Abram’s journey has seen many miles, many locations, and many altars. He he has gotten off track, circumstances in the family have caused him to wait when he wanted to go, he has been told “not yet” and been taken on detours, and now he is faced with probably his toughest decision. The land will not sustain both he and his nephew, Lot. They will have to split up.
Great is Abram’s faith that God is in control at this moment. He is the elder in the family, so it could be said that it would be his right to choose first. He knows that God has promised him Canaan which lies just to the west. However, he yields that honor to Lot. Lot chooses east, and Abram finally makes his home in the promised land of Canaan.
There are applications for us in this story. First, the more literal among us will realize that this mildly echoes a New Testament story where ministry partners Paul and Barnabas end up parting ways. The dispute was not doctrinal, but was handled maturely with an agreement to divide and conquer.
Of course, a more generic application is simply this: sometimes we have to make very tough decisions if we want to follow God. Sometimes we have to choose between our heart and our faith. These are never easy choices, but are always the choices that we look back on as the mileposts or better yet, the altars along our journey. They forever serve as a reminder of where we’ve been, where we’re going and who has brought us.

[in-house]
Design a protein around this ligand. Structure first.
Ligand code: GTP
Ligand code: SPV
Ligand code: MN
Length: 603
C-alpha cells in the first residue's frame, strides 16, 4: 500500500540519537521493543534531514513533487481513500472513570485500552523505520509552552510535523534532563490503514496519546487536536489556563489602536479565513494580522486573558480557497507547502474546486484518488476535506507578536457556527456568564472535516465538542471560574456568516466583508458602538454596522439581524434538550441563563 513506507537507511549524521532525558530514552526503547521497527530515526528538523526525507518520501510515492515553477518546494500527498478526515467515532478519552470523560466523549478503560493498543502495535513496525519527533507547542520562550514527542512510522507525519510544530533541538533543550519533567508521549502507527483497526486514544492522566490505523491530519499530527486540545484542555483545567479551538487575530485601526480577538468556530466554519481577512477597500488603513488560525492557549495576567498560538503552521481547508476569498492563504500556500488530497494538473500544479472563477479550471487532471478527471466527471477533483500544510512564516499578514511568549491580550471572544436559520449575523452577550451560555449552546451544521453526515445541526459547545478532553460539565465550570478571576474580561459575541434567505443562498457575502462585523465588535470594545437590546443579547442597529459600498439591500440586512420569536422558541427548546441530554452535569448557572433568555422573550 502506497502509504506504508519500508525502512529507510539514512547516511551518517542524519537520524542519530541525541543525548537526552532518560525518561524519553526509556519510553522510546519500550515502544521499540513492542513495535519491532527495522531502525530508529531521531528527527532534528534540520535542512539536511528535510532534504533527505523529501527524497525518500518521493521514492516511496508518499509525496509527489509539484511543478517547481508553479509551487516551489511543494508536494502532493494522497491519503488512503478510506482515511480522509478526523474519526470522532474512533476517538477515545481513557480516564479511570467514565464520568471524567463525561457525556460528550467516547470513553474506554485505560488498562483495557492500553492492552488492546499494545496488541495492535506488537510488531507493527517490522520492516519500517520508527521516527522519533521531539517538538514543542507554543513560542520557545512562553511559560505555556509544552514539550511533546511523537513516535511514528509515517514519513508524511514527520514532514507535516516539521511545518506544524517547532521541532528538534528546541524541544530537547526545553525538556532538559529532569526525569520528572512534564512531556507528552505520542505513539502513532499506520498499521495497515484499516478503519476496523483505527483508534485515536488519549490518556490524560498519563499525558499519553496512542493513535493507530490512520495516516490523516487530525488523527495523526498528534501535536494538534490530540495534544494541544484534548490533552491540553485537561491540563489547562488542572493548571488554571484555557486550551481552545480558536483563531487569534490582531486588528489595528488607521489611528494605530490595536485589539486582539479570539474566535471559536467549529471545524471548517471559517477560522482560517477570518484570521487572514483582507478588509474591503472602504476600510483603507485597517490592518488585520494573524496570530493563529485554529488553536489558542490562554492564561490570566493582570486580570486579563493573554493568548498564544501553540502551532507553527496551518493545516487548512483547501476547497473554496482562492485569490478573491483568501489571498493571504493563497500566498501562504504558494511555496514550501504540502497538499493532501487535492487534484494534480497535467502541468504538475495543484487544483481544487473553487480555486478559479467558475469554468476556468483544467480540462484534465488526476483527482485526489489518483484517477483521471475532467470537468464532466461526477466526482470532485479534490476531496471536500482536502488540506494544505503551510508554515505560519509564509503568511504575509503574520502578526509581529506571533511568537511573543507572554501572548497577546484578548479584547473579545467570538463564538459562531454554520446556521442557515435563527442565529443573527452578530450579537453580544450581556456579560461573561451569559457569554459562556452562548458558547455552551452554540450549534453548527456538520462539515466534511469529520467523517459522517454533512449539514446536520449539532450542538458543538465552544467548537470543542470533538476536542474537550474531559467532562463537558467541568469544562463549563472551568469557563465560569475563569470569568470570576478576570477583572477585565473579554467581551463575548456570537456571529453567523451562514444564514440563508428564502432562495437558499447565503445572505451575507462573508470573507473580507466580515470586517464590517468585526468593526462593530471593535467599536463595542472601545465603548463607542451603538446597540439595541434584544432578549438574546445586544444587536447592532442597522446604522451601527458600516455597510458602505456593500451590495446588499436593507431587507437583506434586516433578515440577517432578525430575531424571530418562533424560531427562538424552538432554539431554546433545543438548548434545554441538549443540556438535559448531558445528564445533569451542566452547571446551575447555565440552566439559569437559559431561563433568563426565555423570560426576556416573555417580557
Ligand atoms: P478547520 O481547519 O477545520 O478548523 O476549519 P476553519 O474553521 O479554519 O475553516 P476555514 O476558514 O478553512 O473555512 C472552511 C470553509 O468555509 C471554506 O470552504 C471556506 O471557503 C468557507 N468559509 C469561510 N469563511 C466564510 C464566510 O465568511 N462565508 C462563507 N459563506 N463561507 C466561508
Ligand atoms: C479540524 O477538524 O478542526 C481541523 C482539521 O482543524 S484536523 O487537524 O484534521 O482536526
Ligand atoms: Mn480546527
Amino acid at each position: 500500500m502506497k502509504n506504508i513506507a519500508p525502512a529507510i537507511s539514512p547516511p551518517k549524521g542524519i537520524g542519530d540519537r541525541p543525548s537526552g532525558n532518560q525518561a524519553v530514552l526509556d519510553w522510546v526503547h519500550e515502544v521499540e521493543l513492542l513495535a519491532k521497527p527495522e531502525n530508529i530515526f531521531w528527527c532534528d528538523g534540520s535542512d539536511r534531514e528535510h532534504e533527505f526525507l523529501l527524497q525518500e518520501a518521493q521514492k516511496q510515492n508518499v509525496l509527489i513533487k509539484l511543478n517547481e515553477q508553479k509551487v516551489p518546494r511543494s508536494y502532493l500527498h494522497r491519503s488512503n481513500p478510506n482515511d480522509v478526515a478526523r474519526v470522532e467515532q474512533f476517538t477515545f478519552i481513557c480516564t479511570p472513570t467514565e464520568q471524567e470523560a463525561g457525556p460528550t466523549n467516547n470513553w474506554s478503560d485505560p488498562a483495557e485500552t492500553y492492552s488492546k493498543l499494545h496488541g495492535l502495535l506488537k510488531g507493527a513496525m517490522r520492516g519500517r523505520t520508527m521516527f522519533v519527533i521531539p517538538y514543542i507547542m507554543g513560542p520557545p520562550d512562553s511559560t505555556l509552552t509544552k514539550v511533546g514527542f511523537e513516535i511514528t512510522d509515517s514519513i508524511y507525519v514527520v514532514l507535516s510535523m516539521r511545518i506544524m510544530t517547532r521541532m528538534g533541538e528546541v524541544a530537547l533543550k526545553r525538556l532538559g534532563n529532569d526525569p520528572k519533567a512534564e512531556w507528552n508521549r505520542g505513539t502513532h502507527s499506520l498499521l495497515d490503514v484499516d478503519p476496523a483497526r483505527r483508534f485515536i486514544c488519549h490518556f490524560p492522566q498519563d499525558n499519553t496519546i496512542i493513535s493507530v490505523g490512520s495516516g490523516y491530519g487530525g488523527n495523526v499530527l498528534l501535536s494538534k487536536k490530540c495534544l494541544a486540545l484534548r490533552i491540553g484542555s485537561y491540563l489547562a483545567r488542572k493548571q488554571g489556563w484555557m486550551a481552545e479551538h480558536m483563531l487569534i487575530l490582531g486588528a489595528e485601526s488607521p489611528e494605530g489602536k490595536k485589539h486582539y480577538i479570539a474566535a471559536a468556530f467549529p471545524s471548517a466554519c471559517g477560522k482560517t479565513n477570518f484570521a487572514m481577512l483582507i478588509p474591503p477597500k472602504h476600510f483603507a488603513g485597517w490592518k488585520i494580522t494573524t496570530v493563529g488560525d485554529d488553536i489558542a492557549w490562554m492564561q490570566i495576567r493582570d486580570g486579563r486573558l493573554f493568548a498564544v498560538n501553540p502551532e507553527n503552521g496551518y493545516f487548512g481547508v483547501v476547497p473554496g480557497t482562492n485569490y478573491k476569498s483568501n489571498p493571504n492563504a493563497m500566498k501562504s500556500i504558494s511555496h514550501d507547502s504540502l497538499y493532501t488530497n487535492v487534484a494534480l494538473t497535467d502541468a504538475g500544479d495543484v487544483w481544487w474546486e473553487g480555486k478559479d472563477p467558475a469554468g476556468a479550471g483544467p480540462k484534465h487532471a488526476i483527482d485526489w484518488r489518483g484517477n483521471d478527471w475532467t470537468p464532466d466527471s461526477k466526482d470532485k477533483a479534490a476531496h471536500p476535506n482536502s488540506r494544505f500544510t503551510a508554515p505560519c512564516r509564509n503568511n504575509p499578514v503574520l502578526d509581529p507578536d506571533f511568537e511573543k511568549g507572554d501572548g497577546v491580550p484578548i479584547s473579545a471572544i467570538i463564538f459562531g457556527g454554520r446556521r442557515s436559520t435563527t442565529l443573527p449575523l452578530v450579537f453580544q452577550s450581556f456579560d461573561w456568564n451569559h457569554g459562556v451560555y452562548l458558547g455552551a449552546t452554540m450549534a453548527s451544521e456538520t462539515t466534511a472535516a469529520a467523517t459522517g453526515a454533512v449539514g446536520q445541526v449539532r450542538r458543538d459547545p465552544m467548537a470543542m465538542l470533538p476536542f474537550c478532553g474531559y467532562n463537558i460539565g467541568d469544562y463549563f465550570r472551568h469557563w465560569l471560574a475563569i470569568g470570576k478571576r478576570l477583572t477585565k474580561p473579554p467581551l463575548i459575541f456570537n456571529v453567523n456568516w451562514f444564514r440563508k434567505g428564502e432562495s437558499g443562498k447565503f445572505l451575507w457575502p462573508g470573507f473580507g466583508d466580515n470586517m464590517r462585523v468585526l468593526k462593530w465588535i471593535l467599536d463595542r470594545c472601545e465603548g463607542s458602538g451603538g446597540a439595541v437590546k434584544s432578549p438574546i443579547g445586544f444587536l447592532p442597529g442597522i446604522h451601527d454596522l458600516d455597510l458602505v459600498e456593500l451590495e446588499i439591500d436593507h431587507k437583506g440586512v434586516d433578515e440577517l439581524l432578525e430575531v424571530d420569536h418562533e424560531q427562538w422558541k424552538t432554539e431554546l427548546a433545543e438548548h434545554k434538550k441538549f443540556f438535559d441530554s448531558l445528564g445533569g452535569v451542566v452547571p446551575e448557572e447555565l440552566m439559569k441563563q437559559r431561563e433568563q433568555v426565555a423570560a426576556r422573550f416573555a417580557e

When I read the story of Abram finally settling into the land that God has promised him, and when I reflect on the broken path that God lead him on to get there, I can’t help but sing a few lines from “Canaan Bound” by Andrew Peterson. If you don’t know it, I’d really recommend that you give it a listen…
Sarah, take me by my arm
Tomorrow we are Canaan bound
Where westward sails the golden sun
And Hebron’s hills are amber crowned
Like the stars across the heavens flung
Like water in the desert sprung
Like the grains of sand, our many sons
Oh, Sarah, fair and barren one
Come to Canaan, come
Long after we are dead and gone
A thousand years our tale be sung
How faith compelled and bore us on
How barren Sarah bore a son
So come to Canaan, come
I can picture Abram himself singing this. Singing about a voice of “Love and Thunder” that compelled him through all circumstances to keep walking by faith. Abram’s faith was rewarded with treasure and promise, and yet it is only a glimpse of what we as believers, the descendants of Abraham are promised as a reward for our faith. I want to walk by that same faith and trust that the God of Abraham and Jacob will also hold my hand and bring me to the promised land.